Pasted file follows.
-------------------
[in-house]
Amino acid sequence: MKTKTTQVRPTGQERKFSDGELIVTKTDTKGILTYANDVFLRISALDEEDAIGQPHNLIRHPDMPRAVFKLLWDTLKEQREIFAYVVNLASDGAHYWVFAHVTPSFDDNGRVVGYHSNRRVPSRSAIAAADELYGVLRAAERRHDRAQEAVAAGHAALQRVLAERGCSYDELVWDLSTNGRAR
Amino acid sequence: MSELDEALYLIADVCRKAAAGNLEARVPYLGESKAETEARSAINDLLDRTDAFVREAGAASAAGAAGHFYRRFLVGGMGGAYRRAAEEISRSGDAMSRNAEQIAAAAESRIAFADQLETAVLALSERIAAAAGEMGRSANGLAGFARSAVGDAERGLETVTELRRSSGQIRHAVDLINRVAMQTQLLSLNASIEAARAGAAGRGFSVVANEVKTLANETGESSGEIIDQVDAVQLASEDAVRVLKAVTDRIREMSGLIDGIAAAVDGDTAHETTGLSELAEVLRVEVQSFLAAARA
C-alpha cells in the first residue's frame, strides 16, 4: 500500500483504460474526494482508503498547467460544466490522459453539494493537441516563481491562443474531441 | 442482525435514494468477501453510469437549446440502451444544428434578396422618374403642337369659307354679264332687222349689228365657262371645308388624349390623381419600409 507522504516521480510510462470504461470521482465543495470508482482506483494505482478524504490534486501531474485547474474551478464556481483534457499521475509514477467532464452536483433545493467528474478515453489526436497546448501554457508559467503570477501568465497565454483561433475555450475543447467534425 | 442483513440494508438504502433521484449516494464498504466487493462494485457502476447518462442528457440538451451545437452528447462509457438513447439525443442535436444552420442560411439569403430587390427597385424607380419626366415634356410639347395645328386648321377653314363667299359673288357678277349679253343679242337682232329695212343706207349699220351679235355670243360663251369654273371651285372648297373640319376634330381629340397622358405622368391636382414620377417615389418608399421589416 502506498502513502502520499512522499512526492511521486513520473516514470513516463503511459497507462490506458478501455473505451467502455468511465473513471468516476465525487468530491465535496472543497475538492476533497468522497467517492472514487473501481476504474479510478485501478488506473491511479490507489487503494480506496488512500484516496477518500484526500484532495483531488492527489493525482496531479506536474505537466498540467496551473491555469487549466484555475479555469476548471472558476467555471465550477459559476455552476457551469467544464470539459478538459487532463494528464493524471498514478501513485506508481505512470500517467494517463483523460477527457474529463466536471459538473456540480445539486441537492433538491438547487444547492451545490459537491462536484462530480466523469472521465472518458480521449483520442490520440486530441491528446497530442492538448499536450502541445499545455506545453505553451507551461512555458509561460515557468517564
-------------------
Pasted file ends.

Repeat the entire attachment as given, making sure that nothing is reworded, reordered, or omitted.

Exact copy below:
[in-house]
Amino acid sequence: MKTKTTQVRPTGQERKFSDGELIVTKTDTKGILTYANDVFLRISALDEEDAIGQPHNLIRHPDMPRAVFKLLWDTLKEQREIFAYVVNLASDGAHYWVFAHVTPSFDDNGRVVGYHSNRRVPSRSAIAAADELYGVLRAAERRHDRAQEAVAAGHAALQRVLAERGCSYDELVWDLSTNGRAR
Amino acid sequence: MSELDEALYLIADVCRKAAAGNLEARVPYLGESKAETEARSAINDLLDRTDAFVREAGAASAAGAAGHFYRRFLVGGMGGAYRRAAEEISRSGDAMSRNAEQIAAAAESRIAFADQLETAVLALSERIAAAAGEMGRSANGLAGFARSAVGDAERGLETVTELRRSSGQIRHAVDLINRVAMQTQLLSLNASIEAARAGAAGRGFSVVANEVKTLANETGESSGEIIDQVDAVQLASEDAVRVLKAVTDRIREMSGLIDGIAAAVDGDTAHETTGLSELAEVLRVEVQSFLAAARA
C-alpha cells in the first residue's frame, strides 16, 4: 500500500483504460474526494482508503498547467460544466490522459453539494493537441516563481491562443474531441 | 442482525435514494468477501453510469437549446440502451444544428434578396422618374403642337369659307354679264332687222349689228365657262371645308388624349390623381419600409 507522504516521480510510462470504461470521482465543495470508482482506483494505482478524504490534486501531474485547474474551478464556481483534457499521475509514477467532464452536483433545493467528474478515453489526436497546448501554457508559467503570477501568465497565454483561433475555450475543447467534425 | 442483513440494508438504502433521484449516494464498504466487493462494485457502476447518462442528457440538451451545437452528447462509457438513447439525443442535436444552420442560411439569403430587390427597385424607380419626366415634356410639347395645328386648321377653314363667299359673288357678277349679253343679242337682232329695212343706207349699220351679235355670243360663251369654273371651285372648297373640319376634330381629340397622358405622368391636382414620377417615389418608399421589416 502506498502513502502520499512522499512526492511521486513520473516514470513516463503511459497507462490506458478501455473505451467502455468511465473513471468516476465525487468530491465535496472543497475538492476533497468522497467517492472514487473501481476504474479510478485501478488506473491511479490507489487503494480506496488512500484516496477518500484526500484532495483531488492527489493525482496531479506536474505537466498540467496551473491555469487549466484555475479555469476548471472558476467555471465550477459559476455552476457551469467544464470539459478538459487532463494528464493524471498514478501513485506508481505512470500517467494517463483523460477527457474529463466536471459538473456540480445539486441537492433538491438547487444547492451545490459537491462536484462530480466523469472521465472518458480521449483520442490520440486530441491528446497530442492538448499536450502541445499545455506545453505553451507551461512555458509561460515557468517564